Today we begin the month where we focus on bringing awareness to mental health, Mental Health Month. I wanted to take the time to discuss some of the ripple effects of mental illness. Mental illness rarely only affects the person experiencing it but rather it impacts all those connected to them.
Note this infographic from the National Alliance on Mental Illness.
I often discuss the impacts of mental wellness on the physical body where it can increase the chances of disease, pain, sleep disorders, etc. but note here where it can also lead to an increased chance of substance abuse (which by the way can also alter the mental state).
Affects on the person's family
Maybe you're a caregiver to someone suffering from mental illness or being challenged with their mental wellness. This can take it's toll on the caregiver's physical, mental and emotional health. I often talk to those caring for family members where they themselves experience fatigue and even mental despair from not knowing what each day will hold.
Impacts to the community
The NAMI infographic mentions "20% of people experiencing homelessness also have a serious mental illness". This is actually where my journey to help people started. As a young child I saw the affects and just really wanted to help those who's paths I crossed. But when you look at our population of homeless, imprisoned, and in the justice system, there are many affected by mental illness who never received help early on.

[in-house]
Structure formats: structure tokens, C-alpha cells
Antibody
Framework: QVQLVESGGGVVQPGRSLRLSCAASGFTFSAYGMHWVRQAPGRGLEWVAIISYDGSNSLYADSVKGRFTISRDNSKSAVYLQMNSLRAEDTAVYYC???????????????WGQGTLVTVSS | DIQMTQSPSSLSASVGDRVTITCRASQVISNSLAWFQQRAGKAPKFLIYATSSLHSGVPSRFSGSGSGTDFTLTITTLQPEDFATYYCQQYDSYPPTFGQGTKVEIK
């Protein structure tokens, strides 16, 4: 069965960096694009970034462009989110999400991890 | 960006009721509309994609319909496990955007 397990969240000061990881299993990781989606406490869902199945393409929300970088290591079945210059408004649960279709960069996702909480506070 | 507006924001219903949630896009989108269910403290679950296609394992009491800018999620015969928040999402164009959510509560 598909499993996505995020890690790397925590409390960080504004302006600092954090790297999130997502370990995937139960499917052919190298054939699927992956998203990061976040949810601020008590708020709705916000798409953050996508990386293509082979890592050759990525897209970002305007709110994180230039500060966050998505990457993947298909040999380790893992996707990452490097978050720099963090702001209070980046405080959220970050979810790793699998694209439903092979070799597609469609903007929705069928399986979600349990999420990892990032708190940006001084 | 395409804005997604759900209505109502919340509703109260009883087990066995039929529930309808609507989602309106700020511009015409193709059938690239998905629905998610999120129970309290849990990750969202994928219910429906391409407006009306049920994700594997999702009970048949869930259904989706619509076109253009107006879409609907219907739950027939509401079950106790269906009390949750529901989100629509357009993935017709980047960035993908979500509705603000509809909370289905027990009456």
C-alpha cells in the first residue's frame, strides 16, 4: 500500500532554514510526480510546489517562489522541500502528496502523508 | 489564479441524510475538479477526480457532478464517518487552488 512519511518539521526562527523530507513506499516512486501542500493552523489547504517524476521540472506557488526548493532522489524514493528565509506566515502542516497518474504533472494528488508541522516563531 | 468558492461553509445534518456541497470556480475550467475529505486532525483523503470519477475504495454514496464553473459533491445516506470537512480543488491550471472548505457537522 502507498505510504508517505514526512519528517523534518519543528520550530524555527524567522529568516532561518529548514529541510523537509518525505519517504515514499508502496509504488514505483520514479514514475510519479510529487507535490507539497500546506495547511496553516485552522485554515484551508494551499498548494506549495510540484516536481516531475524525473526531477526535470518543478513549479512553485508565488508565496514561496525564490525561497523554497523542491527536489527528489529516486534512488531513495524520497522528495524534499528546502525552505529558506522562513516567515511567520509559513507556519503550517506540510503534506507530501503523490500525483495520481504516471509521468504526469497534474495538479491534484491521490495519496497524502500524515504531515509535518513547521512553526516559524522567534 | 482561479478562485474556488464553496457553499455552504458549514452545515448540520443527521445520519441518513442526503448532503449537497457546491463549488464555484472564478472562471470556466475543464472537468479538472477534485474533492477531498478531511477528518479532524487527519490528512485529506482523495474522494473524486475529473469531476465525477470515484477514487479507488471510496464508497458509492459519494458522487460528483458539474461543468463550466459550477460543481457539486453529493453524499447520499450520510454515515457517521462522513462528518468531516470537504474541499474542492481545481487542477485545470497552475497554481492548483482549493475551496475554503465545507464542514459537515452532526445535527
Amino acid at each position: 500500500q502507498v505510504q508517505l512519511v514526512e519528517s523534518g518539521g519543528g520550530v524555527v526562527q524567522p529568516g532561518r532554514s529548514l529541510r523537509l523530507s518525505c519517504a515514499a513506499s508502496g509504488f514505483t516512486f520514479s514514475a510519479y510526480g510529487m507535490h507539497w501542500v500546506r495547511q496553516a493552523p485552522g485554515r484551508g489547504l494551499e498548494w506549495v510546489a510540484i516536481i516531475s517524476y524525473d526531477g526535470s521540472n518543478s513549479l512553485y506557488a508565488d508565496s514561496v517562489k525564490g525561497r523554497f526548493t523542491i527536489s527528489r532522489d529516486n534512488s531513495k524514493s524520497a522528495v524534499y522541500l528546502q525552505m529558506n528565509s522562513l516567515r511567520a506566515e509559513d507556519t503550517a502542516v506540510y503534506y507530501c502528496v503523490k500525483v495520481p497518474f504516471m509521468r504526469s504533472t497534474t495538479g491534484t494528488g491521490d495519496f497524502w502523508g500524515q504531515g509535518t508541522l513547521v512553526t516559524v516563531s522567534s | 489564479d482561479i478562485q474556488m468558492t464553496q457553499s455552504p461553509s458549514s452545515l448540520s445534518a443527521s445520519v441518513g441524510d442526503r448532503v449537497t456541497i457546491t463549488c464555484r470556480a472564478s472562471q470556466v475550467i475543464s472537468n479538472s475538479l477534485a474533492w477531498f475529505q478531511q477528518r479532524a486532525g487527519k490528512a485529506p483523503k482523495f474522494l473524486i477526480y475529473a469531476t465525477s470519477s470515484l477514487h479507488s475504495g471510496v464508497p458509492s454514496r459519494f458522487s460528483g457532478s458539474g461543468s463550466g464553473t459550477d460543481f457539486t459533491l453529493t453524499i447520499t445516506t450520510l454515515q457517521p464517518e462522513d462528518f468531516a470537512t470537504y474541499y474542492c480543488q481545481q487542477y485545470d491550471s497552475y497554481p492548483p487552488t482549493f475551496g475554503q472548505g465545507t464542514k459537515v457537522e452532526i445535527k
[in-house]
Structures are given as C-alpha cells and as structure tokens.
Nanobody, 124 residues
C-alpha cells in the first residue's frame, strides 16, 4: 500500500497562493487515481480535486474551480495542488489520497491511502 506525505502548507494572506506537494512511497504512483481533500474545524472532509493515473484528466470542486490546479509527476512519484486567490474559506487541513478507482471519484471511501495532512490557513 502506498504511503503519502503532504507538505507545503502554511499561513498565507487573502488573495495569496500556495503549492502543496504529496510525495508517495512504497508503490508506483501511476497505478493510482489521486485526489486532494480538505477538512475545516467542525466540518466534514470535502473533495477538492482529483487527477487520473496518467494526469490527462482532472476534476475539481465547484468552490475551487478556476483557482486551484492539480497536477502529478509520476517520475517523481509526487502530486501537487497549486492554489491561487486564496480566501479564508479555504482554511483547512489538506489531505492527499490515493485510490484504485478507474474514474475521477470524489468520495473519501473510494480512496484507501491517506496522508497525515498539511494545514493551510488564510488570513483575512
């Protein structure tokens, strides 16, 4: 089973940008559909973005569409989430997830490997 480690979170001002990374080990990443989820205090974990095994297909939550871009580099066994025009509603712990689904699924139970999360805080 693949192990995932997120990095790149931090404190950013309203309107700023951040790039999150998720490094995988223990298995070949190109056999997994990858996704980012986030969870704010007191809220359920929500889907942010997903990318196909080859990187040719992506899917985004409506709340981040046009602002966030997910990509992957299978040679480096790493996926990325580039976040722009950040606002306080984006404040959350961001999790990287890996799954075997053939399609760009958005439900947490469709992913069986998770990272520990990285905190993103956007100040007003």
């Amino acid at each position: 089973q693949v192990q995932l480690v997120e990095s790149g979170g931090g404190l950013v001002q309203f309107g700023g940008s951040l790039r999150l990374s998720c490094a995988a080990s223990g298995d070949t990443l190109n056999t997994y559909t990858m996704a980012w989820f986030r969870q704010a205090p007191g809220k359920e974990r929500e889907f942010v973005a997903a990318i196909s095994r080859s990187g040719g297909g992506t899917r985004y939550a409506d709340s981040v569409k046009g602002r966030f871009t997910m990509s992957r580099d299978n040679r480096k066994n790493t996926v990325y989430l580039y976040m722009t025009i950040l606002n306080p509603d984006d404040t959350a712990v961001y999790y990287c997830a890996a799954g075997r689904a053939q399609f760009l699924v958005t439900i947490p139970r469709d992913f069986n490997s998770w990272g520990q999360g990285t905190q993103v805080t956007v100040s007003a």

This impacts us all
Did you see that stat? Depression is the leading cause of disability worldwide. How often do we see disability as a "physical" thing? But a disability is merely a condition that limits or hinders you which can be mental, emotional and/or physical in nature. And even more staggering is the amount of money that disorders like depression and anxiety cost the economy. Not just in lost productivity as mentioned here by the NAMI but also in healthcare, caregiving resources, lost wages...I could go on.
Do you know someone suffering from mental illness? Maybe it's you. YOU ARE NOT ALONE. There are resources to help and it IS ok to seek help!